A Day in Hollywood/A Night in the Ukraine (SJ Rep, ’89-90, with a dream cast)

Buddy:(the Buddy Holly Story) my third original B’way cast (and the best job ever)

A Funny Thing/Forum ’96 B’way revival,(replacement) Great Time!

Letterman (about 20 appearances, including one in which I caught a 40 yard pass from Joe Montana)

Law & Order (this one impressed the spouse)

Fame (Swiss premiere of a musical based on a film I had worked on in ‘79: A happy working vacation)

Seussical, Fulton Theatre,(I did the National tour, too, but THIS one was a happy experience)

The Voices in My Head Have Formed a Choir and Somebody’s Singing Flat! A show I wrote, scored and performed in at the Edinburgh Fringe in ’07.

Forty Second Street, Fulton Theatre, (simply stunning) always wanted to do it, was worth the wait. I have been a lucky fellow, to have had a career that has lasted as long as mine has.

And it all goes back to a night when my friend and his father invited me to go to the SAM convention.

And how the words, “May I have a volunteer from the audience, please,” changed the trajectory of my life forever.

A Bumpy Ride

Posted by Don Stitt on July 13, 2015 at 1:10 PM Comments comments (1)

DON STITT

 

A BUMPY RIDE

 

I have had a great many happy experiences in my 50 years in show business, but I want to tell you about one of the other kind. Forgive me for not identifying the show or the players involved. But I think this can give you a glimpse into the kind of entertainment circumstance you do NOT want to experience. This all happened on a National Tour of a Broadway show.

 

At the first rehearsal, a girl who had never done so before was appointed “swing.” The “swing” is the person who “covers” all the dancers. The songwriters stressed that the choreography for the show should not be “cute.” As soon as they were out of the rehearsal room, the choreographer started to teach the cast some choreography that was so sickeningly cute that we were a little mortified. The new “swing” wanted to do a good job, so she asked a lot of questions, mostly of the director.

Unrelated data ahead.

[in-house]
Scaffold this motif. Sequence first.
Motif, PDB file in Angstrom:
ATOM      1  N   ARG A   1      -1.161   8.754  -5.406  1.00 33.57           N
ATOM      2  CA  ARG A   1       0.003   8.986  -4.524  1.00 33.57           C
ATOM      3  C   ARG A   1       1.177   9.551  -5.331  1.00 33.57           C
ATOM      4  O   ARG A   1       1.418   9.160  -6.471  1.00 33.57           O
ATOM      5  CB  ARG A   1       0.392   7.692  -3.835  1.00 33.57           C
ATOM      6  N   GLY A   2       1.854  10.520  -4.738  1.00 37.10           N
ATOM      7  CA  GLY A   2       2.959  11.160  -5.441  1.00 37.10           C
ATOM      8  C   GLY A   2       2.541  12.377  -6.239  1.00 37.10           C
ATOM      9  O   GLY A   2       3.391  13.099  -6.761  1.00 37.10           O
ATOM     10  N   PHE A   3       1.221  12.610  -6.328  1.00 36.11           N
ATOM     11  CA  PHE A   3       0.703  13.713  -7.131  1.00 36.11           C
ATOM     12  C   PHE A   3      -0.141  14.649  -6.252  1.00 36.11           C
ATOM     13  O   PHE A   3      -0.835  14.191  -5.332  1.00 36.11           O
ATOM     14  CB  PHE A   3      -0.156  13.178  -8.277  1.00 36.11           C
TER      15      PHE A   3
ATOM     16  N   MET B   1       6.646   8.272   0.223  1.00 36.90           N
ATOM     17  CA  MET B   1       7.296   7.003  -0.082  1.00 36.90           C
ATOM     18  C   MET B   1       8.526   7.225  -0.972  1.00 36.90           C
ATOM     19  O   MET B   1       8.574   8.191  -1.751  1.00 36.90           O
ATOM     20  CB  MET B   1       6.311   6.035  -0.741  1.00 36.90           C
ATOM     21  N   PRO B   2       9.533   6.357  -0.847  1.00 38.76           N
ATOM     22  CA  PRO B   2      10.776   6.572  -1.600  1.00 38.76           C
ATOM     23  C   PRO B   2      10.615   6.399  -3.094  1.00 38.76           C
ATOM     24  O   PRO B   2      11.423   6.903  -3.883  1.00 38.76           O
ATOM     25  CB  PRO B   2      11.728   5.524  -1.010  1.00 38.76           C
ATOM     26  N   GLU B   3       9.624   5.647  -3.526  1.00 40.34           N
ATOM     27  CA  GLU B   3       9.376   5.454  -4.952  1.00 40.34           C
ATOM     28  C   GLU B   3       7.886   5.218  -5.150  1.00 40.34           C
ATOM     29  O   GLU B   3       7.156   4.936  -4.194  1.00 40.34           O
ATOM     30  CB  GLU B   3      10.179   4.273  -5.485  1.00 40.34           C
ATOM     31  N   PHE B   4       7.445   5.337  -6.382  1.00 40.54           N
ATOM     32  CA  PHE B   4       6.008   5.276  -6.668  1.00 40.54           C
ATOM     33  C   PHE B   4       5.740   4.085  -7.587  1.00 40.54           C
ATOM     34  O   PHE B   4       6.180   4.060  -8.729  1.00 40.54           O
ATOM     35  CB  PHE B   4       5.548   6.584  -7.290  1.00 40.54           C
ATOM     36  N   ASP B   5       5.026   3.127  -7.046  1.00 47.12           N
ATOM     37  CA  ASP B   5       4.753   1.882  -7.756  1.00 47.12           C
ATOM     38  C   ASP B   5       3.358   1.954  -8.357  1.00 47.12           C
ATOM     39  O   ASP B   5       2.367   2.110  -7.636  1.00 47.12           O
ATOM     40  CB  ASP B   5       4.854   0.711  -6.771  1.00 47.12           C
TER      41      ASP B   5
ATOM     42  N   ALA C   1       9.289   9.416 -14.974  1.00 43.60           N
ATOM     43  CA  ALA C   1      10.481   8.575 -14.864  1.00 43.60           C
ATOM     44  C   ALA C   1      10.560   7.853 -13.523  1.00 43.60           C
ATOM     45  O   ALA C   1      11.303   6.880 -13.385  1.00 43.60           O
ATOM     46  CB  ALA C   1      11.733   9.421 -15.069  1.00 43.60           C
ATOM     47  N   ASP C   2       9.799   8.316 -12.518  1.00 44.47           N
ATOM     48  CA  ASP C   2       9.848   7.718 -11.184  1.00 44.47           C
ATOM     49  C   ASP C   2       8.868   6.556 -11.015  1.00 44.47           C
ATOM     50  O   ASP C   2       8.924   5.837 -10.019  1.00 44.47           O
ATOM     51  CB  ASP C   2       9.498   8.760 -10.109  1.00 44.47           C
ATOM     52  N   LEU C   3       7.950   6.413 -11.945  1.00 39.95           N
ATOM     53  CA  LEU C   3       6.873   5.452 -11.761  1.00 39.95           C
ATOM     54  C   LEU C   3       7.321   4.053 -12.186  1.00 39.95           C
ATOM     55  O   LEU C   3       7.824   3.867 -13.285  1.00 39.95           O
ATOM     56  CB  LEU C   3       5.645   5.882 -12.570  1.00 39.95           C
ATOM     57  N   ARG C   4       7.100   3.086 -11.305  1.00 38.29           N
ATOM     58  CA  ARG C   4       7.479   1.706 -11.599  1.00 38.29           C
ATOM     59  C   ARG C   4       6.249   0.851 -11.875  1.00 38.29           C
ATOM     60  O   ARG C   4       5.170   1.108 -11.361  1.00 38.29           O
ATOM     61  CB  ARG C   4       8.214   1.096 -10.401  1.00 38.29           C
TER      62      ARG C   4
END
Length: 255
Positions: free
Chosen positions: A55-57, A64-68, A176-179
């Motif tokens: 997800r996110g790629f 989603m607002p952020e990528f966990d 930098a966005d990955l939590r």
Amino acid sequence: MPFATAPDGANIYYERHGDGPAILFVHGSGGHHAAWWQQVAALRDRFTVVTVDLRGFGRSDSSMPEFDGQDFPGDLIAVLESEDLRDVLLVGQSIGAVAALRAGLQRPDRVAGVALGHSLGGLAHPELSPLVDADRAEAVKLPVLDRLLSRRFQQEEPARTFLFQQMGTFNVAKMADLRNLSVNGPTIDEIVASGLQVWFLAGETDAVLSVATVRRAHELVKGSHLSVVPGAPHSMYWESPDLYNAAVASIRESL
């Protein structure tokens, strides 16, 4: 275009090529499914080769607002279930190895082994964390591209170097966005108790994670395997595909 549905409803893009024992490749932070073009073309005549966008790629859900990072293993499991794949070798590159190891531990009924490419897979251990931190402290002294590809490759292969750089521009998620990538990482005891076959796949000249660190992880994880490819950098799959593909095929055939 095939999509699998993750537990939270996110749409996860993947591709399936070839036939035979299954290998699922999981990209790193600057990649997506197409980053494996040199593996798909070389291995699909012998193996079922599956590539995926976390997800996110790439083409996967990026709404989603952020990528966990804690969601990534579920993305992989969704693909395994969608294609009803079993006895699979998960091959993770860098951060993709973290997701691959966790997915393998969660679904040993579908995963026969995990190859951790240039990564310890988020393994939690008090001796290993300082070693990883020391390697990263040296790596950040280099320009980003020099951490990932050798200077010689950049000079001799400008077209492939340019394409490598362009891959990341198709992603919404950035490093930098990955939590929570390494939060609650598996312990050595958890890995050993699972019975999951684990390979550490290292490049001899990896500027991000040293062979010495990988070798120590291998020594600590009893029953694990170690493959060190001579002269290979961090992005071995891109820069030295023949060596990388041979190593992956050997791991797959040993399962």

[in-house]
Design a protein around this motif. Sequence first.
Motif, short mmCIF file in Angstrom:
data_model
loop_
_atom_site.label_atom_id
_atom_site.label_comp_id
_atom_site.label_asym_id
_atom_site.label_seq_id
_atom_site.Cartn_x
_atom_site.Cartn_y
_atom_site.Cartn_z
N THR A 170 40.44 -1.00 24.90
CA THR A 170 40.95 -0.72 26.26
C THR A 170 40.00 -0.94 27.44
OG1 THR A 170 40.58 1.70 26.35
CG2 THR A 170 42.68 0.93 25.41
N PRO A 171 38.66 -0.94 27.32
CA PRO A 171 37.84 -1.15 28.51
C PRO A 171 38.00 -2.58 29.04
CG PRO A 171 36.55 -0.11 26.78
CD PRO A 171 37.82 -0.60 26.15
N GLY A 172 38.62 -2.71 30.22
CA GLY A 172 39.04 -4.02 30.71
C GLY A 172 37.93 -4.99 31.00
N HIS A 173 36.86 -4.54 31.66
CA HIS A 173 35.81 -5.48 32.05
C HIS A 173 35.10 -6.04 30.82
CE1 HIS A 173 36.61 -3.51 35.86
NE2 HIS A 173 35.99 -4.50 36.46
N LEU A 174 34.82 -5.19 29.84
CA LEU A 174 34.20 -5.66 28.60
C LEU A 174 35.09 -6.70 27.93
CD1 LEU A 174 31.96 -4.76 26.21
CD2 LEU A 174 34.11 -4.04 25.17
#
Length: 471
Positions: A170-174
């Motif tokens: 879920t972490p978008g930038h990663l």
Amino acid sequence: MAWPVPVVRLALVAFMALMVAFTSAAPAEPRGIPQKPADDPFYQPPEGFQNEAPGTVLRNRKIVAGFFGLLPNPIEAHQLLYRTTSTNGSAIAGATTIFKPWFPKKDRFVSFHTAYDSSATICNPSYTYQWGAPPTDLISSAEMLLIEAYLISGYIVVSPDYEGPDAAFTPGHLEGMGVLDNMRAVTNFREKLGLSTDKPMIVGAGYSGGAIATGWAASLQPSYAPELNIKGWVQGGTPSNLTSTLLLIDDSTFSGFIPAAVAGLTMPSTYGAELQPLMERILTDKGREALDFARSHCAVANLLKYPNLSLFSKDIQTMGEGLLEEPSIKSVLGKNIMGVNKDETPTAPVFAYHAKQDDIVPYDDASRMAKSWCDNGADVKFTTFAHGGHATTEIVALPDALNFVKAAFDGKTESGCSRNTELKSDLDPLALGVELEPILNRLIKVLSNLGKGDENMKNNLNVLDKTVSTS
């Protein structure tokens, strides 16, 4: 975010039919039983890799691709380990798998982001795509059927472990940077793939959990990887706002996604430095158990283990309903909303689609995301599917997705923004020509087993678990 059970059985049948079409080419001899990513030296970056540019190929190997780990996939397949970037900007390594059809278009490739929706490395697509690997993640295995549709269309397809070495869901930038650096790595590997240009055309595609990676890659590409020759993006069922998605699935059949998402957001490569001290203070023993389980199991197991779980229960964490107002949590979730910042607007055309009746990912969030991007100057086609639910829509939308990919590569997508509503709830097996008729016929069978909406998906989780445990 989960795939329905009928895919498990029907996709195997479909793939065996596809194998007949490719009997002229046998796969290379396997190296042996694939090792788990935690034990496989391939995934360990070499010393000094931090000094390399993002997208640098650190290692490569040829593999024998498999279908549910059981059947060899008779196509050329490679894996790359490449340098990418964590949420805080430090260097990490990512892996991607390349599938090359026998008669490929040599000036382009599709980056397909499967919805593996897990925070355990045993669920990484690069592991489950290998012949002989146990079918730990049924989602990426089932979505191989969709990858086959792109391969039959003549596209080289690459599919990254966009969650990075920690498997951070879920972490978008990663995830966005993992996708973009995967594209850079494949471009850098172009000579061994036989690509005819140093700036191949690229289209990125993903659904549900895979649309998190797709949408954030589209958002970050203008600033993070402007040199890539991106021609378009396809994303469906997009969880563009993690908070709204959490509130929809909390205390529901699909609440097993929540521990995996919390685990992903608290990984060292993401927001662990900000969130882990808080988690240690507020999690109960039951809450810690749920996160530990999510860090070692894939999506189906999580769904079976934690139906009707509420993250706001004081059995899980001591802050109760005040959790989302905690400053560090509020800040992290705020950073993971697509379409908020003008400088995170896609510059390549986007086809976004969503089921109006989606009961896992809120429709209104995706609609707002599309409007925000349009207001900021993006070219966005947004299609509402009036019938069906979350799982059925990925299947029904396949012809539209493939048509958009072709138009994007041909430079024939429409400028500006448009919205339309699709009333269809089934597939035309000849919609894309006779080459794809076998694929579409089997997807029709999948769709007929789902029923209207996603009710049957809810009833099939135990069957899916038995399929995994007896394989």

At the second rehearsal, we were told that the director had fired the swing for asking too many questions, and her replacement was introduced. We were also told that all of the choreography we had learned the day before was being thrown out because it was too “cute.”

 

We had already seen a person fired, and we had to restage one entire dance, and it was only the second day. (The number in question would eventually be restaged 14 different ways.)

 

After our last rehearsal in New York, we went to the town where we would be doing our “previews.” Two performances in Niceville, Florida, (which a coworker observed should probably be called “Slow and Surlyville.” The technical effects for the show were overwhelming, and the technical rehearsals, which were not completed before the first preview, prevented any consideration being given to the acting, singing and the dancing. Heavy scenery was suspended all over the backstage area, and the performers were forced to walk under the items, most of which would be lethal if they fell on a person.

 

One dancer, before the first preview, said, “I don’t know about y’all, but I’m a Christian, and I’m going to pray before the show tonight. If anyone else would like to pray with me, please do.” Because we were all aware how dangerous our jobs had become, the cast prayed together before every one of the 300 performances, starting with that first preview. Including myself; There are no atheists in foxholes. I am somewhat pleased to report that there were ONLY three fairly minor injuries at the first preview, which I was convinced would yield at least one fatality.

 

Surviving the first two previews, (and seeing the overblown technics of the show eat up so much of the rehearsal schedule before being deleted,) we moved on to the next city for the Official Opening. The show continued to rehearse the cast and change aspects of the staging right up to the opening curtain. It was stressful in the extreme. But we opened, and we thought that things would begin to ease up a bit.

 

We thought wrong.